The Snake River

Hells Canyon The Snake River is Idaho's largest river, and two runs Hells Canyon and Milner offer whitewater boaters the biggest water in Idaho.

Hells Canyon is one of the deepest river gorges in the world. While not as dramatic as the Grand Canyon, Hells Canyon is actually deeper, with an average depth of 5,500 feet.

In the 1950's, more than 100 miles of the Canyon was buried beneath the slack waters of Brownlee, Oxbow, and Hells Canyon reservoirs. Today, two of the six major rapids that once graced the river remain, Wild Sheep and Granite Creek, both Class IV rapids.
Jet boat in Hells Canyon The put-in for the Hells Canyon run is just below Hells Canyon dam, on the Idaho-Oregon border, and the take-out is either at Pittsburgh Landing (32 miles downstream) or Heller Bar (83 miles downstream).

At the put-in, the Snake River contains more water than the Colorado in Grand Canyon. Releases from Hells Canyon Dam fluctuate from 5,000 cfs to over 50,000 cfs. At the higher flows, Wild Sheep and Granite Creek rapids can flip even the largest rafts.

The Snake River in Hells Canyon is a National Wild and Scenic River, and like so many of Idaho's famous whitewater rivers, there is more than thrilling rapids here. Observant floaters can hope to see Indian petroglyphs, historic homesteads, Rocky Mountain bighorn sheep, mountain goats, mountain lions and bears.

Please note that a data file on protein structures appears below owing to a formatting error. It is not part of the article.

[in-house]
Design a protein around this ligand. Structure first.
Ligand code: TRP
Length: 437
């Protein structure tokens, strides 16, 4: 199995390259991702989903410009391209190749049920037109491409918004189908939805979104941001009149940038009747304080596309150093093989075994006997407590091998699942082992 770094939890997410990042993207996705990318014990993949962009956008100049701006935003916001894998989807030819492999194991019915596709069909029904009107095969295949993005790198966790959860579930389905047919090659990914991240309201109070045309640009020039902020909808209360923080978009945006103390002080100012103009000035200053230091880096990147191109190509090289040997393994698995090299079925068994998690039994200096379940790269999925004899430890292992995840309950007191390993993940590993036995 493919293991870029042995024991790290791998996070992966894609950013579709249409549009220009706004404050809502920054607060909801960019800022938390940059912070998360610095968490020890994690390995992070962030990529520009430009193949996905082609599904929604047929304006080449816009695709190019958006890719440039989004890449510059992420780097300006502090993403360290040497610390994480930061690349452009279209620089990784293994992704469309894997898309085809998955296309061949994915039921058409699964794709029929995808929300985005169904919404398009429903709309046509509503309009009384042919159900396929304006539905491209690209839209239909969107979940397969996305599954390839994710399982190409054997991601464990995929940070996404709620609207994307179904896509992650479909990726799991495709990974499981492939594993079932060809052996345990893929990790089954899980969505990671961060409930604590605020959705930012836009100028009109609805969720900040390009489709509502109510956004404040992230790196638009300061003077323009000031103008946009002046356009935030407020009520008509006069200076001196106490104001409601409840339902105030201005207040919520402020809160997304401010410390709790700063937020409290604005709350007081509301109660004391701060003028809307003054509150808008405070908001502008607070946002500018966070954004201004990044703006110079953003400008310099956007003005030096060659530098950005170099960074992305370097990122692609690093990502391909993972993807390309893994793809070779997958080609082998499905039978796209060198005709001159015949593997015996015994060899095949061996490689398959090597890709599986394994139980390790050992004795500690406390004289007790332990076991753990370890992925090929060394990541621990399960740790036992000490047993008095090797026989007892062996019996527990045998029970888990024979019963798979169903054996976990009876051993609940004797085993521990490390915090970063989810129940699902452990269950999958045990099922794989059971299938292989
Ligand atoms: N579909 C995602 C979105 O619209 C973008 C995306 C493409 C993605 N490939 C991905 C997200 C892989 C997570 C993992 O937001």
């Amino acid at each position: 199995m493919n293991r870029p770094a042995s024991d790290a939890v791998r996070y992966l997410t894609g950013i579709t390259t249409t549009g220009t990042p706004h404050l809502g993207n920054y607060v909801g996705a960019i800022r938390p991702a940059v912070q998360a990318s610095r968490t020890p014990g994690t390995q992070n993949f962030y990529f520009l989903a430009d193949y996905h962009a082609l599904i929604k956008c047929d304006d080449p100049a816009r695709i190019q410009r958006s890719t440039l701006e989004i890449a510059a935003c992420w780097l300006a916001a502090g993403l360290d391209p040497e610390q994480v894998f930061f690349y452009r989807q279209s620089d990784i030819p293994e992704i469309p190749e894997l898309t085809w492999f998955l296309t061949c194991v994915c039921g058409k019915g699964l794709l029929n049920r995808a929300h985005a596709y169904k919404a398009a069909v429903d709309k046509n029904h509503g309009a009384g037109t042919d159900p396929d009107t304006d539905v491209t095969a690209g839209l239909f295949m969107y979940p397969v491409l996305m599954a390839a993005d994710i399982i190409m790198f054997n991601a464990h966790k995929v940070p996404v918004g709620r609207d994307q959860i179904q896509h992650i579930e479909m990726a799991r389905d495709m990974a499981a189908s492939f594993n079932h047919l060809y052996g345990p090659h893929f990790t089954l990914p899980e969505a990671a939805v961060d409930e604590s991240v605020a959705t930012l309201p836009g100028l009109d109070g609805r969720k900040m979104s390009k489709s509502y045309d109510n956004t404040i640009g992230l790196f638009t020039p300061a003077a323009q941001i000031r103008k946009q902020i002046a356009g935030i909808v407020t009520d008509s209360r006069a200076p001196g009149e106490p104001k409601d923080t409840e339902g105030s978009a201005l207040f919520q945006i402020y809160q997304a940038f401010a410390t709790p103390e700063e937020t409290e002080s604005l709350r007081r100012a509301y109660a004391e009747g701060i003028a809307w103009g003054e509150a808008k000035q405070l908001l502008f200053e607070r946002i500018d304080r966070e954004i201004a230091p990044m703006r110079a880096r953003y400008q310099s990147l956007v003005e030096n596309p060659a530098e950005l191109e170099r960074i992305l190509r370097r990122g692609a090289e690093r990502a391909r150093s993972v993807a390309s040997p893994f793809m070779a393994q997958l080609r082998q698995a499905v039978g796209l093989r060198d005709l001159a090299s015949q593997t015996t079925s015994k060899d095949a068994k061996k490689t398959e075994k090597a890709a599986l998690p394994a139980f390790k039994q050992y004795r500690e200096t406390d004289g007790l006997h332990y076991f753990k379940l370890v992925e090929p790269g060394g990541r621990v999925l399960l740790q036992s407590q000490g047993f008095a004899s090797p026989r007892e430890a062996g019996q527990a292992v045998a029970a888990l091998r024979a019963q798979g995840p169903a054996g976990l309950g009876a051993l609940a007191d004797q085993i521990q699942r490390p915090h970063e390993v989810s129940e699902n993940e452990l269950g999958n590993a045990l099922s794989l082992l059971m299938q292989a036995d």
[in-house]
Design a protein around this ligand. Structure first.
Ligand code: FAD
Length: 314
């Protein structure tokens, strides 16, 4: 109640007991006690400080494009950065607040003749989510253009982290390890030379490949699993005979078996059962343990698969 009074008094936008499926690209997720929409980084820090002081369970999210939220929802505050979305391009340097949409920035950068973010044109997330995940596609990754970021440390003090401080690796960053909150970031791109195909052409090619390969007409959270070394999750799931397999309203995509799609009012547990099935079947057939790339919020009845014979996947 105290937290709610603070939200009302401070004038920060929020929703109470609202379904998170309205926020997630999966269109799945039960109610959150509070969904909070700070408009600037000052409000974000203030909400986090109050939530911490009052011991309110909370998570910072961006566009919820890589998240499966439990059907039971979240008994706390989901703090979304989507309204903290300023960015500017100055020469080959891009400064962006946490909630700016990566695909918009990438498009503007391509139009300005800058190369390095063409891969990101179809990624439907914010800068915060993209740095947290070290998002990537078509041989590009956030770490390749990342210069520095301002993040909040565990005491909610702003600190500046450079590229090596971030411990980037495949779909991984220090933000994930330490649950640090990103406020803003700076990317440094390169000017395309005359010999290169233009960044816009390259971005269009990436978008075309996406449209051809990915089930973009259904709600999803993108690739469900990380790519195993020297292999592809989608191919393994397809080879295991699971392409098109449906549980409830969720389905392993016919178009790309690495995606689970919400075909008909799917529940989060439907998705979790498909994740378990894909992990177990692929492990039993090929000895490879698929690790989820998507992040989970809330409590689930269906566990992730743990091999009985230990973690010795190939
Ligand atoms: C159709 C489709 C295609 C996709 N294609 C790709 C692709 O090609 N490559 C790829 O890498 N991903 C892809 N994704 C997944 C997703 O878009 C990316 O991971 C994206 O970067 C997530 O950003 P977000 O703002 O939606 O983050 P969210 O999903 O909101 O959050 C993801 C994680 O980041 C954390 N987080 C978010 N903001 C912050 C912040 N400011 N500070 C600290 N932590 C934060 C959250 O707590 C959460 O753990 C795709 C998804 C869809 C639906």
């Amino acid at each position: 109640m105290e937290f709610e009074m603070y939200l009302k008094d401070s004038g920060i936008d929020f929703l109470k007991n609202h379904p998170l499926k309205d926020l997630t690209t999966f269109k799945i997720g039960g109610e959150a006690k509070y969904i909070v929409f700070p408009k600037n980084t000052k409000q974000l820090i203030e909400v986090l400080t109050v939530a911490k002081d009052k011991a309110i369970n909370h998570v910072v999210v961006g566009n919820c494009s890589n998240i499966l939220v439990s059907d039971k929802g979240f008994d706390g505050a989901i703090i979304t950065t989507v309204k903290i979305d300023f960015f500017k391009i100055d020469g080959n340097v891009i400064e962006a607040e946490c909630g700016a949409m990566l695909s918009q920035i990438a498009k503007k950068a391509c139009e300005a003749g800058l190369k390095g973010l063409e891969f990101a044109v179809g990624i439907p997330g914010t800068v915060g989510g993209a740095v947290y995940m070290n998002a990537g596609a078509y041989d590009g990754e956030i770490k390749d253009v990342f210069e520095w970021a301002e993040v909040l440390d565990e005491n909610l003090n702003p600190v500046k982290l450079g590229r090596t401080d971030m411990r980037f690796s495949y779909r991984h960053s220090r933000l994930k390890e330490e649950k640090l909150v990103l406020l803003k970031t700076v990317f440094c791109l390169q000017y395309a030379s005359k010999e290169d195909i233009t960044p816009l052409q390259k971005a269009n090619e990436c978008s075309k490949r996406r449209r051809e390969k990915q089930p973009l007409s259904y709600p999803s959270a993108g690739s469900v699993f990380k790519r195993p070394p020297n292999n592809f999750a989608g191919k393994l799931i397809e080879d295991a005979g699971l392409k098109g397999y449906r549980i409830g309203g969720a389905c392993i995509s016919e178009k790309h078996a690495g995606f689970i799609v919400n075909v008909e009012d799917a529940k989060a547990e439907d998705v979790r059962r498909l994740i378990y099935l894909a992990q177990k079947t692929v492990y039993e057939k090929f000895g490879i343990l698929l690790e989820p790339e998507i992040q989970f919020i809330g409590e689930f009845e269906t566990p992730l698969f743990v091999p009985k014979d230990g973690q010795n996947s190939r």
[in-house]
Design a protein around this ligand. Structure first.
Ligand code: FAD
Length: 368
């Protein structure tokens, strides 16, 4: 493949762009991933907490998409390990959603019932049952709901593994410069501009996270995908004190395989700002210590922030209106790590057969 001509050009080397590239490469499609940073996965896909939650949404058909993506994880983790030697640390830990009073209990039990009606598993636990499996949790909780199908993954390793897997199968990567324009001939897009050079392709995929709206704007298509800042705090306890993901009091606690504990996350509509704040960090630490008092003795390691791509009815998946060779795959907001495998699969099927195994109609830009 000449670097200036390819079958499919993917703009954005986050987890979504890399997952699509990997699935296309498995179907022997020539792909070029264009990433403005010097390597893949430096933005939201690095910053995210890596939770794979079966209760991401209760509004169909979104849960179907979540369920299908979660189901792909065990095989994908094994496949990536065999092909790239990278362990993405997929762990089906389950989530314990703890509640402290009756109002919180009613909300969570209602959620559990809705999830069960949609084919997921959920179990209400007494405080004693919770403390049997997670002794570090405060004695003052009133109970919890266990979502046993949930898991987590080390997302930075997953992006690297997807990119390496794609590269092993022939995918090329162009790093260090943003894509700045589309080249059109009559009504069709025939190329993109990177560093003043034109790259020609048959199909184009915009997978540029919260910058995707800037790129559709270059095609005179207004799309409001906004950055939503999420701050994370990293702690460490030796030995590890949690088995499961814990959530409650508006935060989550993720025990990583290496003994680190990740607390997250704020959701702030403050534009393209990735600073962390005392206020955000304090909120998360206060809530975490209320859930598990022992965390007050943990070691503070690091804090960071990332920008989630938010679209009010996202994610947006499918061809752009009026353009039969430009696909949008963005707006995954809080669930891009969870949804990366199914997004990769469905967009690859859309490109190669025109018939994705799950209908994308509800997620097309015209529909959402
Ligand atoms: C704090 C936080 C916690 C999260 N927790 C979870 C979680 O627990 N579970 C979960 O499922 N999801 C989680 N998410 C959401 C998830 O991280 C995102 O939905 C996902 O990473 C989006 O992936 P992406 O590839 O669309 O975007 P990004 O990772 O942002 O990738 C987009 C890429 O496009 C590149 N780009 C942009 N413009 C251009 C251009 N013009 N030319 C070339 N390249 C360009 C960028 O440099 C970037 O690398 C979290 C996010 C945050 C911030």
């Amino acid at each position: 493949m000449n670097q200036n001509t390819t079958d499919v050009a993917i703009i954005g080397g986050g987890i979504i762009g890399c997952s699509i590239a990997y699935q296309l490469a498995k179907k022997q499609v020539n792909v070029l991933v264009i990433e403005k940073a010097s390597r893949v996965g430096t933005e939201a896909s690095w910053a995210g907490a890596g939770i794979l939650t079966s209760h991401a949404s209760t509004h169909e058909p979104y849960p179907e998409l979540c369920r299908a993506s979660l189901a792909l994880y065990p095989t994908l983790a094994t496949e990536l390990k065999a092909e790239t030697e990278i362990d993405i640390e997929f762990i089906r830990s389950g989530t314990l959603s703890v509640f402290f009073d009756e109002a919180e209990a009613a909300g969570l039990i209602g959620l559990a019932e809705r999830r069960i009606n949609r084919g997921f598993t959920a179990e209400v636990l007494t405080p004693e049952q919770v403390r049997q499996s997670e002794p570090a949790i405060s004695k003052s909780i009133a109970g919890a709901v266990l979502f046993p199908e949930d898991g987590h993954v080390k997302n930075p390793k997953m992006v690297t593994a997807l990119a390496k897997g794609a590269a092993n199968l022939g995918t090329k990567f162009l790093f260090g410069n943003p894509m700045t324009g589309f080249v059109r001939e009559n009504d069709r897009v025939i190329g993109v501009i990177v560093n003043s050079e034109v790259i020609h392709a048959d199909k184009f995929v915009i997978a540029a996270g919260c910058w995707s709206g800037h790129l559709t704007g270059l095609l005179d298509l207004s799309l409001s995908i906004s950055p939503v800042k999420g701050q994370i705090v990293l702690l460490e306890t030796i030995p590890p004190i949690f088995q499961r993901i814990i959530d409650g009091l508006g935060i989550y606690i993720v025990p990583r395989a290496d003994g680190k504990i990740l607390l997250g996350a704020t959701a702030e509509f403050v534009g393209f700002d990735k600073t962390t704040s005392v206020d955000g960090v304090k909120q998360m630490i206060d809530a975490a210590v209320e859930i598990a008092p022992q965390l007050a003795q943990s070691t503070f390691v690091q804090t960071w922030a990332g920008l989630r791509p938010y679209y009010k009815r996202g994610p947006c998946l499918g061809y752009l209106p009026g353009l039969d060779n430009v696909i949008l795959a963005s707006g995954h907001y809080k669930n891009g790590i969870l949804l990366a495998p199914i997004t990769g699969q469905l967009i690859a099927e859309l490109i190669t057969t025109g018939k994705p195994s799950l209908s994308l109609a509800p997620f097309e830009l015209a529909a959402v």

Permits are required from Hells Canyon Dam to Rush Creek, 16 miles downstream, for the summer months.

Kayak on Milner Run

The Class V Milner Run is for experts only. This 1.3 miles of frothing, furious, almost unrunnable whitewater has violent, overwhelming power that makes this the toughest run in the West.

Milner Run

The Milner is only runnable in certain years and sometimes for only a few weeks when snowmelt fills upsteam Snake River reservoirs. For the rest of the year, this stretch of the Snake can be reduced to a mere trickle by agricultural diversions.

Kayak at end of Milner Run

There are only a few kayakers in the West who dare run the Milner. For our program, "The Whitewater State," we prevailed upon Rob Lesser and Pat Harper to take the plunge, not once, but twice, for our television cameras.


 

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